Not completely. “Geekery” as a label has simply moved on to new things…but now holds less weight than it once did.
Remember when blogs were something story-worthy in the media? Or when recording music at home DIY-style made an artist seem like Mad Max in Beyond Thunderdome? Or when giving away free mp3s of songs was a revolutionary, Creative-Commons-flag-waving statement of independence and foresight?
Now, all to often, I’ll see an artist puttering around in something like Twitter, diligently tweeting into a fan-less void.
Making a splash in the music industry requires a lot of hype, and a lot of artistry. Hype (or the “story”) drives awareness. Great music creates fans.
Ignoring artistry (Brian Hazard of Color Theory wrote a great “creating hit songs” post, if you’re looking for one), let’s take a quick glance at hype and story, and over-generalize for kicks:
- If you can leverage a brand new tool or technology before any one else, you have a chance of becoming a “case study” or “poster child” for it. (If you’re a new band that just joined Twitter, or has a SellaBand.com account, or a podcast, no one will care.)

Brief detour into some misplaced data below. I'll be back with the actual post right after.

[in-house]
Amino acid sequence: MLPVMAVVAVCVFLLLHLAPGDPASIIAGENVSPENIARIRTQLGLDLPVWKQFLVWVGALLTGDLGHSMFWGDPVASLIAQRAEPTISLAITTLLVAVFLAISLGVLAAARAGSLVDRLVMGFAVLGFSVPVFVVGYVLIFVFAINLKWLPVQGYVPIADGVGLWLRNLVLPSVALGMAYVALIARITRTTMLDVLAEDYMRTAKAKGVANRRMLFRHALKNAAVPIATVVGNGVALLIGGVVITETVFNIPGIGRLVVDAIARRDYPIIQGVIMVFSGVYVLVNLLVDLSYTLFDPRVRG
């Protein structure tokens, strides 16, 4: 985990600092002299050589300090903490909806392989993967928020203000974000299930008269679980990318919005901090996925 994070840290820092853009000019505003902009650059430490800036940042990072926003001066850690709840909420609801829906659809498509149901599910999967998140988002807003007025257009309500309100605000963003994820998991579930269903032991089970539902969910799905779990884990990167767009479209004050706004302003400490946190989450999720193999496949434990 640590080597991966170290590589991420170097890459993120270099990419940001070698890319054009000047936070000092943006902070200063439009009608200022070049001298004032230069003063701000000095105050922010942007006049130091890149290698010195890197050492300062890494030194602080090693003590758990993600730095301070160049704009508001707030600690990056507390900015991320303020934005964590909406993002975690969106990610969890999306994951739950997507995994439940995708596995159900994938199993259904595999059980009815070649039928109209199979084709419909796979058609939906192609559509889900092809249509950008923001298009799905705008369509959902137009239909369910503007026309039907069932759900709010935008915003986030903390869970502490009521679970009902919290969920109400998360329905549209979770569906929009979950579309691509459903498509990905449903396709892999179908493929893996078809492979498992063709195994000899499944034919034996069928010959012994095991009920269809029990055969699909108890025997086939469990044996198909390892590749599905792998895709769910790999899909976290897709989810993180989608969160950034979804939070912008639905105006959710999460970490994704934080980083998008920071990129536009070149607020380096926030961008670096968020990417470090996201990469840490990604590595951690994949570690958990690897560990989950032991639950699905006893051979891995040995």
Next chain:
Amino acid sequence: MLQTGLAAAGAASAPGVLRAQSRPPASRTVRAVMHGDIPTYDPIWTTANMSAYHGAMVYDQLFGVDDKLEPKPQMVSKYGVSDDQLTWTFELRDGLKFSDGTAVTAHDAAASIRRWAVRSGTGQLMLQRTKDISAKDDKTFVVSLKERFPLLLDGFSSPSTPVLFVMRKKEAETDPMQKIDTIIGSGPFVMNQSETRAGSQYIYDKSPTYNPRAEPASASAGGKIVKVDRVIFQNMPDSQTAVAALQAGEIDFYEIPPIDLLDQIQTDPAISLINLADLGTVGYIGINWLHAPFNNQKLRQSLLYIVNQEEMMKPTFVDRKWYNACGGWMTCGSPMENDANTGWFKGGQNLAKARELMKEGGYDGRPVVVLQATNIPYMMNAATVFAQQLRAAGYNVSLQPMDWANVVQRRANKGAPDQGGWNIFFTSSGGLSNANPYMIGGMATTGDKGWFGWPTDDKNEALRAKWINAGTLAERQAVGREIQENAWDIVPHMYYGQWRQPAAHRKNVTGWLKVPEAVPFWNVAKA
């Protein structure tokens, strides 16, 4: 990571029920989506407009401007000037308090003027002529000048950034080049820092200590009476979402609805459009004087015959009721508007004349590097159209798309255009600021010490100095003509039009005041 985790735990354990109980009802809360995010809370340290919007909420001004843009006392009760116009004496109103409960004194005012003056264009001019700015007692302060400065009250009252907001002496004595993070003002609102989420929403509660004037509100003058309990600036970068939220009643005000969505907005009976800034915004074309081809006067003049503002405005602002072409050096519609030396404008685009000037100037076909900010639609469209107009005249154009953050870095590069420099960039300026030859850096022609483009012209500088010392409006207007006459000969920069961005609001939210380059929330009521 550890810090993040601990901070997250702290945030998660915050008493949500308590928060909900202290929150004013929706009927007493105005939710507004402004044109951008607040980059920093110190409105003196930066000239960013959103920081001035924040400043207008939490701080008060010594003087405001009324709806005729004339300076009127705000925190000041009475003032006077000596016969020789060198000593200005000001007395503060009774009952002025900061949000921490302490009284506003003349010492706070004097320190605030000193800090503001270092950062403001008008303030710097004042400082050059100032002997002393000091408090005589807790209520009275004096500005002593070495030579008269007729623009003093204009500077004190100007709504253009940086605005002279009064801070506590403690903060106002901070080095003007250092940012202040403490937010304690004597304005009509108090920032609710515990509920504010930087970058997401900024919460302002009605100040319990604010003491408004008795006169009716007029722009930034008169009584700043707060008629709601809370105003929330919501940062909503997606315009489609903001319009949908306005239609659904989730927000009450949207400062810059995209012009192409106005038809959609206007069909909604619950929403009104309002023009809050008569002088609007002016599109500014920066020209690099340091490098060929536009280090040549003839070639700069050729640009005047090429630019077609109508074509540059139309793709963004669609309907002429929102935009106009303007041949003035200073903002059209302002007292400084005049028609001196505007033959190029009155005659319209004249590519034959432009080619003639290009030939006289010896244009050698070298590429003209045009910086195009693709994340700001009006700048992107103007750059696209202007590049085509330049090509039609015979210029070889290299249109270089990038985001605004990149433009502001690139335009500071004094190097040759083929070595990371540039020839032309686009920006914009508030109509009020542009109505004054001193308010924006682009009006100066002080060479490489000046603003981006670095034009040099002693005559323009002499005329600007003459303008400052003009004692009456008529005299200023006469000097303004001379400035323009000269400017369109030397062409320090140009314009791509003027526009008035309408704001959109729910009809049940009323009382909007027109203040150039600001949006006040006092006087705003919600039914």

- If you can think of a creative song, video, or other publicity stunt that is amazingly unique, funny, or simply impressive, you may have a viral story on your hand. (Note the word “unique”. If it’s been done, forget it.)
- Cover songs are popular for a reason — familiarity attracts fans of the original work, and can breed new fans. If you can produce a creative spin or meme from an existing popular concept or creative work, you may attract attention and fans. (Think of the “Double Rainbow” spin off tracks that topped iTunes charts, or the artists that were discovered via cover song renditions in YouTube.)
New tech tools, music promotion websites, and discovery engines seem to launch weekly, AND they’re accessible to pretty much everyone. Simply USING new technology is not nearly as cool as it used to be… But HYPE is as powerful as it ever was. If you’re an artist, find your unique, impossible-to-ignore story — a hard thing to do — and launch it.